Whilst the result didn’t quite turn out as hoped for curiously-optimistic Dons followers last weekend, the capacity crowd who attended dug deep to add a very welcome £343 to the coffers of the AFC Heritage Trust, writes AFCHT Vice-Chairman, David Innes.
A big crowd does not always guarantee a bumper collection.
In their haste to take their seats, purchase the pie-shaped equivalent of lunch given the early kick-off time and take other necessary comfort after an hour in the Pittodrie Bar, collectors are often fighting a losing battle as the density of the crowd of incoming handsome, fashionable and knowledgeable sages of sport means that individual interaction with donors is compromised.
The total raised is welcome, however, and the Trust extends its thanks to the volunteer collectors who helped us out and to anyone who dropped a few coins in our buckets.
As always, interest in the Trust’s work was considerable and the explanatory leaflets snapped up.
Those who had already dipped into the growing and almost-omniscient Dons history and heritage resource that is the Trust website spoke warmly of it for its ability to allow browsers to reminisce, add to their knowledge of our community’s leading sporting organisation, or just settle the pub argument about which Dons scored in the 7-2 win over Partick Thistle in 1971 (Harper 3, Willoughby 2, Forrest and The Brush, since you ask).
Whilst the longer term aim in fundraising is to kit out and operate a museum and community learning centre in a new stadium, the day-to-day work of the Trust continues, and incurs running costs.
Whilst all trustees and a team of avid, committed researchers give freely of their time and efforts, adding to the considerable archive of Dons-related material and individual artefacts which enrich our understanding of fitba history in the city, costs money. Only last week, the Trust concluded a deal to buy the winner’s medal from the 1947 Scottish Cup final awarded to Willie Waddell, a unique item.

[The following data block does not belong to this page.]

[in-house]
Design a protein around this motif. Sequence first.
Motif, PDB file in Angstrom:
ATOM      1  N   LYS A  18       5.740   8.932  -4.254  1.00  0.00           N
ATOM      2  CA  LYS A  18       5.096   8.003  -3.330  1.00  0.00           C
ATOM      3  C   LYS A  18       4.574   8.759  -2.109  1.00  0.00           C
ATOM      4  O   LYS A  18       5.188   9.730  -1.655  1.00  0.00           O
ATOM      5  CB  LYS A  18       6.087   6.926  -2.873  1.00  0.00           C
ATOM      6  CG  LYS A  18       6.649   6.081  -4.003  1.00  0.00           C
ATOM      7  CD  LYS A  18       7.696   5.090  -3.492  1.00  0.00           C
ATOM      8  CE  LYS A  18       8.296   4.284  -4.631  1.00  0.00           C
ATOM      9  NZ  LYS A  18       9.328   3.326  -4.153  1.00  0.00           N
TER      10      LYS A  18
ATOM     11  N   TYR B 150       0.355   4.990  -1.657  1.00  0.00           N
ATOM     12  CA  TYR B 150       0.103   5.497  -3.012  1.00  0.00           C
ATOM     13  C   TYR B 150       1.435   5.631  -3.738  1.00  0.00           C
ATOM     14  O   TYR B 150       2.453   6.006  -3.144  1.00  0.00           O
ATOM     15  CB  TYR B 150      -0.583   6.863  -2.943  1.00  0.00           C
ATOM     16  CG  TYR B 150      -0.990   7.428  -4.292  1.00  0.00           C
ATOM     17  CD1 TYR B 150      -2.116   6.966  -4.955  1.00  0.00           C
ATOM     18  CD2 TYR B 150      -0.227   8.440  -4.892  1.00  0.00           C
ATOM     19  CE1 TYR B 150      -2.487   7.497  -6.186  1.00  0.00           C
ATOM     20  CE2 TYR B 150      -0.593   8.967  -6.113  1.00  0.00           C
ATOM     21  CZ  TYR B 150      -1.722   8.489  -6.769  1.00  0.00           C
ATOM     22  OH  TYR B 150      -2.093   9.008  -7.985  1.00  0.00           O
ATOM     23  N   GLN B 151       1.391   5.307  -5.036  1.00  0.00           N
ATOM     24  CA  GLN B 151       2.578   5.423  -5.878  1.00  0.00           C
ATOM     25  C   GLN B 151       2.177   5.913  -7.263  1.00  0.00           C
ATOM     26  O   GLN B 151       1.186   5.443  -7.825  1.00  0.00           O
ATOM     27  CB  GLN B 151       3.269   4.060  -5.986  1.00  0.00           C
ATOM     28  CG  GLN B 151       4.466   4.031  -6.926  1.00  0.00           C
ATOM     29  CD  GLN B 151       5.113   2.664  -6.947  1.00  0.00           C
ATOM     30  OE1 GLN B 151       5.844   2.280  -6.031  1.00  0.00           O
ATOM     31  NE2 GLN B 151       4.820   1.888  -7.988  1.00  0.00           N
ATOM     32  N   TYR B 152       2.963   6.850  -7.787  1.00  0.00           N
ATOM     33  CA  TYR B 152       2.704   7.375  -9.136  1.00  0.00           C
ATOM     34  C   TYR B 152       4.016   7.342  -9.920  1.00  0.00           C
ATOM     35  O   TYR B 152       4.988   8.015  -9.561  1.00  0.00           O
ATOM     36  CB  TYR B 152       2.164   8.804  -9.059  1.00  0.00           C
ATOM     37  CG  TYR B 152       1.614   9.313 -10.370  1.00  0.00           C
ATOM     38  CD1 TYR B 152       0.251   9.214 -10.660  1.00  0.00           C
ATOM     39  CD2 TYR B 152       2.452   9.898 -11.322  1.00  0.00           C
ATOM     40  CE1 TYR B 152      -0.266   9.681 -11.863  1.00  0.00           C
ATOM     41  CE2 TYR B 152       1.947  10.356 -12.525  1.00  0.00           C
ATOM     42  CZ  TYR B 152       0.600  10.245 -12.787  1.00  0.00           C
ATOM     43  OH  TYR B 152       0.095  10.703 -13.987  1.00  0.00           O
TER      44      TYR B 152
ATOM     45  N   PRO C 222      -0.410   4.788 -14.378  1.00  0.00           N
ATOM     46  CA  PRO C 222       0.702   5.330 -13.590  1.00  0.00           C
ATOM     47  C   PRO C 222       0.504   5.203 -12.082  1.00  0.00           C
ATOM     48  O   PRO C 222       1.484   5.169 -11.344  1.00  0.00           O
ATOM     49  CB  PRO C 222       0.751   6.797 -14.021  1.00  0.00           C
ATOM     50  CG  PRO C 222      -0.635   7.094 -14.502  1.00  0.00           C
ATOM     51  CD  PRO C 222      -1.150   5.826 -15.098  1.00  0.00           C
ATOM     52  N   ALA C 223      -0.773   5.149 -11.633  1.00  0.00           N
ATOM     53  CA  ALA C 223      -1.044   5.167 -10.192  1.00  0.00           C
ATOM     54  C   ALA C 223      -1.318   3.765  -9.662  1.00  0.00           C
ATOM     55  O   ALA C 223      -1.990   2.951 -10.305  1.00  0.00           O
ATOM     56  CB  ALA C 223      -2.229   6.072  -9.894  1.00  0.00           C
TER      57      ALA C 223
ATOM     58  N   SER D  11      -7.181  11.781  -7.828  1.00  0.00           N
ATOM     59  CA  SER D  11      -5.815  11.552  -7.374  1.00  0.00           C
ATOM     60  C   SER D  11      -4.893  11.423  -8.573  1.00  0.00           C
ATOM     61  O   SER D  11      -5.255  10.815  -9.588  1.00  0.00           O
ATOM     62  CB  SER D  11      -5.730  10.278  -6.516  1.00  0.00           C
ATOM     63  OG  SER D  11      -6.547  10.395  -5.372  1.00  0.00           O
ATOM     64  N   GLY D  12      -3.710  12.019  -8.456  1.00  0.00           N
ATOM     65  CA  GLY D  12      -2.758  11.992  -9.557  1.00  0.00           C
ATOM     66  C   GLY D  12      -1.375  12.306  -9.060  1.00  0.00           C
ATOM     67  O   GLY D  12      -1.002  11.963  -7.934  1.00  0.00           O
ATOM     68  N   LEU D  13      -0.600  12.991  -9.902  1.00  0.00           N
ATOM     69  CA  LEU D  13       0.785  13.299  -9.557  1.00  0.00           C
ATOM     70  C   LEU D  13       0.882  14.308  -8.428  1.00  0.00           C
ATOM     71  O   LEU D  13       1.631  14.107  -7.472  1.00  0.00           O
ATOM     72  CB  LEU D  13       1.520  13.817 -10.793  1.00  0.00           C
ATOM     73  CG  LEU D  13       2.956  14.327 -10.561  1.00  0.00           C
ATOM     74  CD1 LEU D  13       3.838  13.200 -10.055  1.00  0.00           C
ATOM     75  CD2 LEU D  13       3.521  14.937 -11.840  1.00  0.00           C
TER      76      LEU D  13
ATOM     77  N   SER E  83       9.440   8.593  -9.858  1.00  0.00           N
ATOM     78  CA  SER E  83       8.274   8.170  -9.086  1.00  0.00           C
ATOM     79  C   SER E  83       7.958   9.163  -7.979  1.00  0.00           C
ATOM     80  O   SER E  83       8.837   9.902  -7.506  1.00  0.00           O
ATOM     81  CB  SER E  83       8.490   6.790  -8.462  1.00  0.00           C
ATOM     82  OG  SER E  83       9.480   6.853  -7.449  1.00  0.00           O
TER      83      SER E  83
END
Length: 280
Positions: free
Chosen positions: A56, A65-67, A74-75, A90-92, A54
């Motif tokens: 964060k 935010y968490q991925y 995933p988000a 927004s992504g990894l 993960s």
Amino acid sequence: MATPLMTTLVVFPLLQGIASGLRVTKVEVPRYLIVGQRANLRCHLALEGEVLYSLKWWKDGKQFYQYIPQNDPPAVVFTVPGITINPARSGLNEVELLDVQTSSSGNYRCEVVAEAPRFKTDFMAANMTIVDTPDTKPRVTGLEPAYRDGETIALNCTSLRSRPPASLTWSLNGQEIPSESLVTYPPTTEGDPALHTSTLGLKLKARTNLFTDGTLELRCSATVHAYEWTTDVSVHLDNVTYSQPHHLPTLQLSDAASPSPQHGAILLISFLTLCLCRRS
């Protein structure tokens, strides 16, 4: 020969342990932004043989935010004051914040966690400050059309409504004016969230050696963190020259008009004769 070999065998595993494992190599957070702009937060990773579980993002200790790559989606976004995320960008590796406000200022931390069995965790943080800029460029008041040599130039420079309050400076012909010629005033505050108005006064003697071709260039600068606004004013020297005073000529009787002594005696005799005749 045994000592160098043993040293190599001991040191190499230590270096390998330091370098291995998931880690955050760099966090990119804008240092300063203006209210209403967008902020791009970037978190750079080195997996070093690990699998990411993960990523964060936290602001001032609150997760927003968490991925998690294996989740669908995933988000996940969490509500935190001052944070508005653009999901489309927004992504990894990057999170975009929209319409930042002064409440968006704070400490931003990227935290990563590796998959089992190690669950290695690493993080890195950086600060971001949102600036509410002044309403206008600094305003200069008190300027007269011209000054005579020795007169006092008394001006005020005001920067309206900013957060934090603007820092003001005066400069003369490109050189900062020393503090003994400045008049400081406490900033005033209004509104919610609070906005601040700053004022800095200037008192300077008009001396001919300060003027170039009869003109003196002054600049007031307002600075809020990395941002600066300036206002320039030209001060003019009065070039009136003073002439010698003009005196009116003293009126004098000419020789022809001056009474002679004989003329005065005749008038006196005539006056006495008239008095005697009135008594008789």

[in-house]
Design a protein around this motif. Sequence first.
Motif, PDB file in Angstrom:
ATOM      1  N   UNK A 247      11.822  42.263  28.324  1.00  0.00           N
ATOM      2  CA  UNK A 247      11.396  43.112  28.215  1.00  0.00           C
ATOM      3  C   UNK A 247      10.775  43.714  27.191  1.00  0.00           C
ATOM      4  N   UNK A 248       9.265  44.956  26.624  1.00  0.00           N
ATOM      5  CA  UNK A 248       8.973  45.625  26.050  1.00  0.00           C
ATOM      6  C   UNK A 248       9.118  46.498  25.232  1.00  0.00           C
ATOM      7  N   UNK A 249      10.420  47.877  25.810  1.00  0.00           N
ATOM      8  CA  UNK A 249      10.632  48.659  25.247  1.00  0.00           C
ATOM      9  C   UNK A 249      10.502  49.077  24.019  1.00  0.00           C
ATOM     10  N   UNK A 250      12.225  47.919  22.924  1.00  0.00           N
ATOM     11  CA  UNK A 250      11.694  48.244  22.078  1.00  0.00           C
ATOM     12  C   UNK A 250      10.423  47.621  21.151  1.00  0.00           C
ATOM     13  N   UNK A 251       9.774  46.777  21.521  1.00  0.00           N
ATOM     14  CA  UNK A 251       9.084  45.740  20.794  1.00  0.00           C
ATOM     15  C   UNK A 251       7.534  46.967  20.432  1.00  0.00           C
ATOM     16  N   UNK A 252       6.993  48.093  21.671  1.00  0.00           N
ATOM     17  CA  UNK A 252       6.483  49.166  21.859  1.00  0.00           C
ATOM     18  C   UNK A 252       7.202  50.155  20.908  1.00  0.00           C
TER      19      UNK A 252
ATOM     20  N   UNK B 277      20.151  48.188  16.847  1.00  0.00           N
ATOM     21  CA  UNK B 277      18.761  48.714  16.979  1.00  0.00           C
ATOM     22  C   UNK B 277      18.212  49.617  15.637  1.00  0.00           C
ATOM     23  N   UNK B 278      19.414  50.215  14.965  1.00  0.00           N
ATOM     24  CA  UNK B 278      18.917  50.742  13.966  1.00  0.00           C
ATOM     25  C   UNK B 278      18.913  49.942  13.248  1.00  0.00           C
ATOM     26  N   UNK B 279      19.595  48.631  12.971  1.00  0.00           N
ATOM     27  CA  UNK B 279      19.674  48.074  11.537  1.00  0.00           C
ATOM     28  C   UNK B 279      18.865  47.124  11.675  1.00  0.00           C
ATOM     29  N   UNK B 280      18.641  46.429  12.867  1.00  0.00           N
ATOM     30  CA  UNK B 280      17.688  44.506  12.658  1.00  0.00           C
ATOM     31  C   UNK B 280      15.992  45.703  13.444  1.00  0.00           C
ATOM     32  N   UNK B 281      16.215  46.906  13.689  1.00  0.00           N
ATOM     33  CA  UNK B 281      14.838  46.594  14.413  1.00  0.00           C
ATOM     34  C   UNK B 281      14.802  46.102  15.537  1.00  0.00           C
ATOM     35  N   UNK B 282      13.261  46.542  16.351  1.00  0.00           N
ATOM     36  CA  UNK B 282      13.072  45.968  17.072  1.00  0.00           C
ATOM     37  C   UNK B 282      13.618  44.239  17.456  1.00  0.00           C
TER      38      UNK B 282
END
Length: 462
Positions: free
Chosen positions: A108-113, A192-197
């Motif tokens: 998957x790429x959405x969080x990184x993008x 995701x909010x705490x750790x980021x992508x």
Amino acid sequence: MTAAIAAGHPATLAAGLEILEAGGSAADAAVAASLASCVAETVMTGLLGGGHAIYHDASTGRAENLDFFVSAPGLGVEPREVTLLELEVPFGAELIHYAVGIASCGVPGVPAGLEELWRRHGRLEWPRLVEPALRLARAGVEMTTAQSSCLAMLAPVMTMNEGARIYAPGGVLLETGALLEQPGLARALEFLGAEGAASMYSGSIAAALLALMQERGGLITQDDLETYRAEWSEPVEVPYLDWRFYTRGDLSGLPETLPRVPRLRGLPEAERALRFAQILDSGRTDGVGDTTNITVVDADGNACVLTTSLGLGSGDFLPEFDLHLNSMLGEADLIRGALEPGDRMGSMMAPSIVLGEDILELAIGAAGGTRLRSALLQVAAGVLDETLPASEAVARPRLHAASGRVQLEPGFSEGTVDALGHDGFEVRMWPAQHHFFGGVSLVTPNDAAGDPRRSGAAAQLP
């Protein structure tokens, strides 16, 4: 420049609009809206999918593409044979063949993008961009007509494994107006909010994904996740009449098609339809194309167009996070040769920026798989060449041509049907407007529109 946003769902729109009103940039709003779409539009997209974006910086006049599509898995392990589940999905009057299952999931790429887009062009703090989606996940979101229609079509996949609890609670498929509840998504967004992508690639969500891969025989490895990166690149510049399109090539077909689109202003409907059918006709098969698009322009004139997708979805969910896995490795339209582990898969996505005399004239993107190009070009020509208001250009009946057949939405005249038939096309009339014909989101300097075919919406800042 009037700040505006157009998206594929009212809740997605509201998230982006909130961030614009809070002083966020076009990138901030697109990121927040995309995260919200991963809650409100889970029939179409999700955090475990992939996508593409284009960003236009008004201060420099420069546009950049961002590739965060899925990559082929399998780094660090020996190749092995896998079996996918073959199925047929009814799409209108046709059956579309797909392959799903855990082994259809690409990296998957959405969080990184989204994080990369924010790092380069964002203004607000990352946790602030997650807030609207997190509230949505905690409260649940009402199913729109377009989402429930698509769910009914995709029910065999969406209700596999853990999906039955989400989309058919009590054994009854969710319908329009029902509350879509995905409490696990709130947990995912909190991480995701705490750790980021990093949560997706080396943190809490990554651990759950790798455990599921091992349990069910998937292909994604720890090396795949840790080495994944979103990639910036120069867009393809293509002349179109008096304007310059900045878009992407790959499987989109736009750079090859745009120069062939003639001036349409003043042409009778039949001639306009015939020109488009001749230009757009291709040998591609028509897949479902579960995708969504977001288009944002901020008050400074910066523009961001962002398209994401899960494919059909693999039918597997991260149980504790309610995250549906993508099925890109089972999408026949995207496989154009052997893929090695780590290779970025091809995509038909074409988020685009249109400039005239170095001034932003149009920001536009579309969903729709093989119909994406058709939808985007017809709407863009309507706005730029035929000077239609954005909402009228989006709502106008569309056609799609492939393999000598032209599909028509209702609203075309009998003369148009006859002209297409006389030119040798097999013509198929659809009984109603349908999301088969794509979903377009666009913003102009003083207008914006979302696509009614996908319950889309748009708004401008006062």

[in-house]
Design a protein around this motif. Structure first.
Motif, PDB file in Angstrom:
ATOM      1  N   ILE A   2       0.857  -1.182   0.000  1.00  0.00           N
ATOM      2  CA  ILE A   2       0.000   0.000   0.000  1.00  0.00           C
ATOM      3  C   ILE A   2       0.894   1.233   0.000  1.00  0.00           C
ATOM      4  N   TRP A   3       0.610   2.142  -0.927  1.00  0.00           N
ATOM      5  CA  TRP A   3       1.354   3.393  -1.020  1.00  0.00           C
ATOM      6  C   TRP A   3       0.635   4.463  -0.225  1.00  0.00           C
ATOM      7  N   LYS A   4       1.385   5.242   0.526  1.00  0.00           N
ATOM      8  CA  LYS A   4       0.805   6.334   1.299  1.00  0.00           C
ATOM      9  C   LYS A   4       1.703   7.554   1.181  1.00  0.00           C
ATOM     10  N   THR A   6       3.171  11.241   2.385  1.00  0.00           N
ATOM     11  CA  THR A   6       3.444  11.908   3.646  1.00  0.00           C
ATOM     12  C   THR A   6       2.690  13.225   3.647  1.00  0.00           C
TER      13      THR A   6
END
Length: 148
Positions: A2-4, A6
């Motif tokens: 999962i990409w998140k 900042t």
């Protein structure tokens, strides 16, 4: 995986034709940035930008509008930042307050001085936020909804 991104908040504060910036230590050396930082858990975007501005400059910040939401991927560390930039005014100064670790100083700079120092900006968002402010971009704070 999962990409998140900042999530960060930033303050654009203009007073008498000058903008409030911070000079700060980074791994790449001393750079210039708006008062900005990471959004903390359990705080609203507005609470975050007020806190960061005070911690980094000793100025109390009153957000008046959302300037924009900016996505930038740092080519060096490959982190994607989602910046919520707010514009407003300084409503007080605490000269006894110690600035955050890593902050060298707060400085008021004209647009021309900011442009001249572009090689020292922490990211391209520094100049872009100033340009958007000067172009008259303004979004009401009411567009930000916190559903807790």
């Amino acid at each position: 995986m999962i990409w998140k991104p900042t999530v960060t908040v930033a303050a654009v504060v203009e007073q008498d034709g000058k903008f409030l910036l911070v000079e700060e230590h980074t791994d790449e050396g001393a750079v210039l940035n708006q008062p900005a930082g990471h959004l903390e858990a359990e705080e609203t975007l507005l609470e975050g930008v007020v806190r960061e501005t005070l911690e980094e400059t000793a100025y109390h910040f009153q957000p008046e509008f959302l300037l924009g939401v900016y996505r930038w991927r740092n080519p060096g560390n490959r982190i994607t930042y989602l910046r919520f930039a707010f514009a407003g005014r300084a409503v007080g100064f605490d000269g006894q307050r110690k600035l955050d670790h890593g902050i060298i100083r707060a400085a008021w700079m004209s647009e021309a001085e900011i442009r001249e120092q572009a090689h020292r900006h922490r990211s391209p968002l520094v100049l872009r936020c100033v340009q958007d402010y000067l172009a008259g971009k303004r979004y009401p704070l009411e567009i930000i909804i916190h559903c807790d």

How unique? In those days, there were no substitutes, so eleven medals were struck by the SFA for members of the winning team. The manager also received a memento. That was it. The Trust now has possession of one of only twelve such items in existence.
The 1947 final was memorable for a number of reasons, not only because it was the first time the Dons had won the famous trophy after over 40 years of trying, but because of Waddell’s gesture at the final whistle, offering his own medal, the one that is now back at Pittodrie, to full back and popular stalwart servant Willie Cooper who missed the final due to injury.
The club later received SFA permission to strike a medal for the unfortunate Cooper.
It is on such anecdotes, artefacts and memories that the heritage of the Dons is founded. No matter how low spirits may descend during a torrid run, how much flak we each get at work by fans of inferior clubs (that’s everyone else) or how often they let us down, we are united by common cause.
The AFC Heritage Trust is determined to ensure that generation can speak to generation through this cause and take pride from a shared history and, with a little fortune, a bright future.
Do you want to know more or help us out? www.afcheritage.org